But other times, Joe arrives mere hours before death. Their eyes remain shut, their breathing irregular.

No matter. He knows they can hear him, and he tailors his conversation to meet the interests and beliefs they shared when they could communicate.

A piece of paper called a context sheet helps him do this. It is what Joe gets when he arrives to sit with a patient. It tells him important information, such as whether the patient identifies with a particular religion, some details about family or the patient in general.

Once he arrives, Joe scoots a chair over to the patient's bedside and takes their hand into his. Even the simple gesture of holding hands is something he does carefully, gently placing his hand underneath the patient's hand and holding it from below. This allows the patient to pull away if they don't want the contact instead of feeling trapped by the small weight of Joe's hand.

And then, if the patient indicated they have Christian beliefs, Joe has hymns he likes to sing, like this one:

"Open my eyes, Lord

"Help me to see your face

"Help me to see

"Open my ears, Lord

"Help me to hear your words

"Help me to hear

"Help me to love, Lord

"Help me to love like you."

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Although the patient lies motionless and quiet except for the sound of breathing through the song, Joe knows he's heard. The signal comes in a tiny squeeze from the patient's hand to his, after he delivers the last lyric.

"My heart just jumps when they do that," he said. "I'm touched to the core."

He was prepared by Hope-West's training program to sit with patients of any denomination, and he has been waiting for a patient with Native American beliefs so he can talk about the Great Spirit and his connections with nature on long walks in the woods north of Gunnison, near Montrose, where he used to live.

He has never had a conscious patient turn down a prayer, no matter their beliefs, nor a song.

"None of them complain about my terrible singing," he joked.

Joe is equipped with a variety of prayers he can use for different cultures and religions, and he tailors his vigil to the patient, not to his own beliefs.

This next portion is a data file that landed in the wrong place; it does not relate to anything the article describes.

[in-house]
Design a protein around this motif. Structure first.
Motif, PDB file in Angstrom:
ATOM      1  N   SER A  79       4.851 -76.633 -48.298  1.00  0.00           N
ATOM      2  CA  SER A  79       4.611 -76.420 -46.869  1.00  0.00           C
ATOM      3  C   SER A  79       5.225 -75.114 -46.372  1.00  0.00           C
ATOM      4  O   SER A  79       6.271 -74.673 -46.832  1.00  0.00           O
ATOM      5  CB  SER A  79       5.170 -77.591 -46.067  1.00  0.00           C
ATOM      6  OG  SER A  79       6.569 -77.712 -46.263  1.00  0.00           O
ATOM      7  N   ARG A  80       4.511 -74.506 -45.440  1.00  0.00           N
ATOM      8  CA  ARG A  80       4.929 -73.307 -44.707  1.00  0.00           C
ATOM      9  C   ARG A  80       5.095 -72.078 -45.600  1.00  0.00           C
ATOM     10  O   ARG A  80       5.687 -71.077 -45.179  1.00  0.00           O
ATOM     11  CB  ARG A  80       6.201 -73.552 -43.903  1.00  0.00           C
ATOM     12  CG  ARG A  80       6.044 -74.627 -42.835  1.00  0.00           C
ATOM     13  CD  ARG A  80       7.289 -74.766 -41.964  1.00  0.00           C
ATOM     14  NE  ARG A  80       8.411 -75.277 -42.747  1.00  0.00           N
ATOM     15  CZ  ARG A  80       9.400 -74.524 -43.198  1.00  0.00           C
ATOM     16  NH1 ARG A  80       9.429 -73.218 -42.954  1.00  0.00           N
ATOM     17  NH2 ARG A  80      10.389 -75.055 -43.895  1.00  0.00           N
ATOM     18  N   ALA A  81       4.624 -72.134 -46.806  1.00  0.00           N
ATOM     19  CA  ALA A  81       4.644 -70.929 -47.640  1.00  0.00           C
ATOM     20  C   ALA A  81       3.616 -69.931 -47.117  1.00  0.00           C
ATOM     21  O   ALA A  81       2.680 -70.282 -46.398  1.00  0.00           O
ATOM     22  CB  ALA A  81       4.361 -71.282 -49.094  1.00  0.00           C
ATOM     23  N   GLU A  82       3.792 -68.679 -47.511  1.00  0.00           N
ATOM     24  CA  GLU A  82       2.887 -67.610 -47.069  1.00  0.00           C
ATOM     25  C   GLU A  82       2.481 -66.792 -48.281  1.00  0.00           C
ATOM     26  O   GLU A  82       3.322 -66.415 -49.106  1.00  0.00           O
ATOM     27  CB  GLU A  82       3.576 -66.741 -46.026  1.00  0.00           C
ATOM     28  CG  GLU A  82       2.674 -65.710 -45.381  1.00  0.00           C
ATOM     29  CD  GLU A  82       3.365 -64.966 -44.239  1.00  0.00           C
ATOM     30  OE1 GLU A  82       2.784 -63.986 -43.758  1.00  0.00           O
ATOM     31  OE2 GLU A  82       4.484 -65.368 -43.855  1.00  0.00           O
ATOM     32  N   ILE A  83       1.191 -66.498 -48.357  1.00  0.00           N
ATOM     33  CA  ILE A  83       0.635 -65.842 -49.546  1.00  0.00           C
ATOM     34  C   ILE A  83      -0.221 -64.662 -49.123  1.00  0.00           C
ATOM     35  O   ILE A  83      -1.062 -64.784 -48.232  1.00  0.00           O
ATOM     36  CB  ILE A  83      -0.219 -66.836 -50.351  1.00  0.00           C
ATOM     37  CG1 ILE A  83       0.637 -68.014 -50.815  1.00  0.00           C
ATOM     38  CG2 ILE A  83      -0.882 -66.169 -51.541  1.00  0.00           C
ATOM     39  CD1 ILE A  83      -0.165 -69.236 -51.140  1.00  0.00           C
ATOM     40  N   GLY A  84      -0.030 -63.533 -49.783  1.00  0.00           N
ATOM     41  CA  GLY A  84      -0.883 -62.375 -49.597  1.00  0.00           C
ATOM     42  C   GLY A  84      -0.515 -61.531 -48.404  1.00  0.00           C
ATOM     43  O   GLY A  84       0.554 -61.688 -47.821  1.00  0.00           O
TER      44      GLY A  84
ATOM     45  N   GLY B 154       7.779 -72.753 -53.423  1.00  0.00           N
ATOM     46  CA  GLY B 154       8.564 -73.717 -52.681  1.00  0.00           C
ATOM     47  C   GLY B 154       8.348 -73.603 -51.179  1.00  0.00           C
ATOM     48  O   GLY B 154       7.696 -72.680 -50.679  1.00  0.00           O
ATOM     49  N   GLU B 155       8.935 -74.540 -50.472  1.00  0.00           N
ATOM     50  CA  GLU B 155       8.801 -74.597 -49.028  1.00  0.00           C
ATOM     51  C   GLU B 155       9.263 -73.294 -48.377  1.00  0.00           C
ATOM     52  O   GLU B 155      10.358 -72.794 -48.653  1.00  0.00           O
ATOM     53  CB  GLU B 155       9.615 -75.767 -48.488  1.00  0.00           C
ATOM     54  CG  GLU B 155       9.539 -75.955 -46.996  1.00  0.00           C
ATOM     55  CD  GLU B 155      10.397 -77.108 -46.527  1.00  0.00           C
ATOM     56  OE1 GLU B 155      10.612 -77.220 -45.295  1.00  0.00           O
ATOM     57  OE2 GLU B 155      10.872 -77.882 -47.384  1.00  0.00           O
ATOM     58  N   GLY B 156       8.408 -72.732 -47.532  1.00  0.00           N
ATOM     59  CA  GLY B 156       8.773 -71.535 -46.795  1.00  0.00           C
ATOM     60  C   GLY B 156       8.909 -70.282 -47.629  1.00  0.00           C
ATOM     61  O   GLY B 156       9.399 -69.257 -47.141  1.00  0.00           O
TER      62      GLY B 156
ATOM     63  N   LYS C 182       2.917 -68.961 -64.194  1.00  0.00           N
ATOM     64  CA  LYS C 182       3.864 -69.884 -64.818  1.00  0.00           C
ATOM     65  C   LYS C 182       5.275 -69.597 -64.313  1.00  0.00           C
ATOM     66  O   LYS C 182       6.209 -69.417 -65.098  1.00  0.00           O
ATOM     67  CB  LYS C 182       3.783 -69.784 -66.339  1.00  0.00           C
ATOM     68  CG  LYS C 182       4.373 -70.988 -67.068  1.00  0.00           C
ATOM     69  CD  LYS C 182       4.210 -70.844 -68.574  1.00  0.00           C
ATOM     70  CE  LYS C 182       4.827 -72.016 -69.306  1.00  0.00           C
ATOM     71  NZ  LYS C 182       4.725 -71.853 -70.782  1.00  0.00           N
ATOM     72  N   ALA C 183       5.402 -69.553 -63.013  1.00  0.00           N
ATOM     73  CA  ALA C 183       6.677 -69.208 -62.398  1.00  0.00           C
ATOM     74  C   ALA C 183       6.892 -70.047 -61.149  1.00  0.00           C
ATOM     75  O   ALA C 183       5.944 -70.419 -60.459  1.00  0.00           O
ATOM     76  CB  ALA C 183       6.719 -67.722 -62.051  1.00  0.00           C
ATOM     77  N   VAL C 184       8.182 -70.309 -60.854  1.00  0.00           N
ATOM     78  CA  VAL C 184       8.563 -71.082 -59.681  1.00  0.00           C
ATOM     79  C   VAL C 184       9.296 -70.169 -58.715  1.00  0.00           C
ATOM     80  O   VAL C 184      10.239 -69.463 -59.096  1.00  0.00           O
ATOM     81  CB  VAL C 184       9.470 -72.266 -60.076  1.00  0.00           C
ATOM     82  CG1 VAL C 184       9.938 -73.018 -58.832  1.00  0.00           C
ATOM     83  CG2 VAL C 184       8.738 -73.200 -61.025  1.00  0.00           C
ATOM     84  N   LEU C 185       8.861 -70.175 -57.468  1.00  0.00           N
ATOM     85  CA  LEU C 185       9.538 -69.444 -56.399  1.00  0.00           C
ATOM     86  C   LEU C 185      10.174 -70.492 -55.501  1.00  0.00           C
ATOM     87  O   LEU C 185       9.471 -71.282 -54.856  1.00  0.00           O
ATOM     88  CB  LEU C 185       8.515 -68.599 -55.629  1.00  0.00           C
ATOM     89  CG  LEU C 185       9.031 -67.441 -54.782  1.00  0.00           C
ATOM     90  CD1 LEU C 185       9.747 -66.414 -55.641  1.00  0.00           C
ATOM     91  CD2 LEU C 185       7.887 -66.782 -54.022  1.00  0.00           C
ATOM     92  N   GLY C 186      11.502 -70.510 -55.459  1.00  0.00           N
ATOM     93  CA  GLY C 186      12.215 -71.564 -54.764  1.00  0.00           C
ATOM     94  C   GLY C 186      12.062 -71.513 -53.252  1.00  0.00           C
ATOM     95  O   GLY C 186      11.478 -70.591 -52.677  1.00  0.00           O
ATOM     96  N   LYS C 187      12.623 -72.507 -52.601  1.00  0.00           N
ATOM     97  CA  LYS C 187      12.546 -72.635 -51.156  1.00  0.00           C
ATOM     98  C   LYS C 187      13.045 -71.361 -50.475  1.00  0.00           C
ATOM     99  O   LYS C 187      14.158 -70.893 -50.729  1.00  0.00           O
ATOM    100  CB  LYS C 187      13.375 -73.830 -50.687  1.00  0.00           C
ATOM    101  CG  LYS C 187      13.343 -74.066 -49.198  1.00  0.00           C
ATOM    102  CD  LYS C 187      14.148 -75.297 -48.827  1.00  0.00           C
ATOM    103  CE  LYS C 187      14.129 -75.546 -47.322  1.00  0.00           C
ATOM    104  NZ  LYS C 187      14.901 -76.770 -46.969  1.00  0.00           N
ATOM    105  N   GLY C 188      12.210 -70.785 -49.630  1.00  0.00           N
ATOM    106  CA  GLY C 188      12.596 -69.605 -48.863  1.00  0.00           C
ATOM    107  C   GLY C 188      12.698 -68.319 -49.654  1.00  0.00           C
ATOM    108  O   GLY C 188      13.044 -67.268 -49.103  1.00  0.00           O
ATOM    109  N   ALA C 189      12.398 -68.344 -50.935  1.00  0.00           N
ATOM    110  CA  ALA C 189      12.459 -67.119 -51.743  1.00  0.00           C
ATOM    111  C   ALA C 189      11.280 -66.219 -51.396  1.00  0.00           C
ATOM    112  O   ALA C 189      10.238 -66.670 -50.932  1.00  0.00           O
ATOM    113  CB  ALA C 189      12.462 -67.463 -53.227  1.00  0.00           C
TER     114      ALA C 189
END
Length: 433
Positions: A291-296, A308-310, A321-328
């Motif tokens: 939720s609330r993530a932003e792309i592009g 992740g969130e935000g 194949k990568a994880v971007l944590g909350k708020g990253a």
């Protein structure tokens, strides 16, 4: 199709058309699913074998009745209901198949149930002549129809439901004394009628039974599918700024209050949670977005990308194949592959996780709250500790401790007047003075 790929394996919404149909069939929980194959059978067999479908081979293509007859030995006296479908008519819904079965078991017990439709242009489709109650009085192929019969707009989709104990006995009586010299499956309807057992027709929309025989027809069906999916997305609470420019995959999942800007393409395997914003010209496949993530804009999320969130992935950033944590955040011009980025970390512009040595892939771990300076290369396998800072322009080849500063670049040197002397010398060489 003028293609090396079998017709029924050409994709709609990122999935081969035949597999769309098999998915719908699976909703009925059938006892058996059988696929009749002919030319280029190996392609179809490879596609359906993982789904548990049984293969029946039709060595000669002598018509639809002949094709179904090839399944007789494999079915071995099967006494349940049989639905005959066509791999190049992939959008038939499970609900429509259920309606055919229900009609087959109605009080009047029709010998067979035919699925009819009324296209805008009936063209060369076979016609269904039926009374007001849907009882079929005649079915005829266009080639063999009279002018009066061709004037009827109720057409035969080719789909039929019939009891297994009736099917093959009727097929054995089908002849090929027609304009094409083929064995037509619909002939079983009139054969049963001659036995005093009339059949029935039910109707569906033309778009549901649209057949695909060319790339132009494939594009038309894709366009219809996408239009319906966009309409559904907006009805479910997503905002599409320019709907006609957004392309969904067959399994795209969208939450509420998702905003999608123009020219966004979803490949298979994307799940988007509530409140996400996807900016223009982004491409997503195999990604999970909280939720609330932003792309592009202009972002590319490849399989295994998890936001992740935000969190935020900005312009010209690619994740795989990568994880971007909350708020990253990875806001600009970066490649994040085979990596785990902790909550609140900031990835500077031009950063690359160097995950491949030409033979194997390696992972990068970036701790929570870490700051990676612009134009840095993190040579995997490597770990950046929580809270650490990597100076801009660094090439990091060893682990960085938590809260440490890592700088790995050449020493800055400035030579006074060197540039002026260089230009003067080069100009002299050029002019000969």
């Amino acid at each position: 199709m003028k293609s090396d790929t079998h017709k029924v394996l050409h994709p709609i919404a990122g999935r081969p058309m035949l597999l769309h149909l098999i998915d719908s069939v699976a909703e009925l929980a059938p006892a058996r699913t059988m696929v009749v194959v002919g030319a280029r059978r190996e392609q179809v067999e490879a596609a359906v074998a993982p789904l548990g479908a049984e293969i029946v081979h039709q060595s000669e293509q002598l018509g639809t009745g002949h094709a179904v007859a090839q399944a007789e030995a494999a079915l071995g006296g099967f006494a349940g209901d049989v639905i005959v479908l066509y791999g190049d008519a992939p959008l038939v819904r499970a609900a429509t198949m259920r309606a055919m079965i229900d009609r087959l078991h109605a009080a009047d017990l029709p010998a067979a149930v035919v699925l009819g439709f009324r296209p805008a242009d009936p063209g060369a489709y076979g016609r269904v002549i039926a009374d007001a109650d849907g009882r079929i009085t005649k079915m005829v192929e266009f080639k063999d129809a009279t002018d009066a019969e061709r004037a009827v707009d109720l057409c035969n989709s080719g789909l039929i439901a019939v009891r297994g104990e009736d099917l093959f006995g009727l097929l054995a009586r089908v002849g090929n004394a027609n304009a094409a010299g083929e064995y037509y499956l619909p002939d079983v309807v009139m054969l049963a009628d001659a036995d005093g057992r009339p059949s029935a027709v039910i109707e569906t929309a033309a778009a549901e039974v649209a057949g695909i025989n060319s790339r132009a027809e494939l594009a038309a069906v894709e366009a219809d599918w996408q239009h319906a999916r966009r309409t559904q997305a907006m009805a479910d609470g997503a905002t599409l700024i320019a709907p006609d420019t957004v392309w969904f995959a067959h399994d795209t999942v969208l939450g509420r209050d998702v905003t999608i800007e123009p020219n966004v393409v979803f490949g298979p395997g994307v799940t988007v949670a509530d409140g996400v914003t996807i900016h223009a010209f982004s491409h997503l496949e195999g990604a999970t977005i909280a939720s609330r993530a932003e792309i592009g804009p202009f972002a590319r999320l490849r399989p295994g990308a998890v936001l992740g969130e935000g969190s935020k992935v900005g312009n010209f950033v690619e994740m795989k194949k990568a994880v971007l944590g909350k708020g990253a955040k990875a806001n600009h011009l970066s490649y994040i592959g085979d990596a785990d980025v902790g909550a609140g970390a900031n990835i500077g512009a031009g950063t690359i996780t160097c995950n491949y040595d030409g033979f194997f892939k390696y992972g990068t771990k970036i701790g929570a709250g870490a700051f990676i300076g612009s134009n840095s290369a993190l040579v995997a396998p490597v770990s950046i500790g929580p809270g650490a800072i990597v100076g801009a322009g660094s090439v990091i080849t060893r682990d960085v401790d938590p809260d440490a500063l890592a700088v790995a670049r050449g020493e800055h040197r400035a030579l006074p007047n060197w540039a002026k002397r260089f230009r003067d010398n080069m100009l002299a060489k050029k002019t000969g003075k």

Sometimes patients arrive at the end of their lives and they face the uncertainty of death with fear and worry. Those who are still communicative often ask Joe what it's like to die.

He tells them he doesn't know. He hasn't done it, yet.

During his time as a vigil volunteer, Joe has witnessed three deaths. He's been there for many more who didn't die during his vigil, and the families of those patients, too.

The first vigil patient Joe sat with who died is someone he will never forget, although he doesn't remember her name. It was an afternoon call and he went in earlier than usual to sit with the woman, who was unconscious. He had been there only a few hours when she died.

That first time was harder than he anticipated. The quickness of it all rattled him. It was a Saturday evening by then, and he left the nursing home shaky and upset.

"Right away, I wanted to be with live people," he said.

He went to his church, as Mass was just starting and he knew others would be there. He stood at the entrance to the church, shaking and holding onto a door to stay upright.

The priest came down the aisle between the pews, embracing Joe as he trembled and cried.

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Sometimes sitting vigil with patients who are processing the fact that the end is near involves listening to their worries about dying.

One woman confessed to Joe that she had done something terrible, so terrible she didn't think anyone could ever forgive her.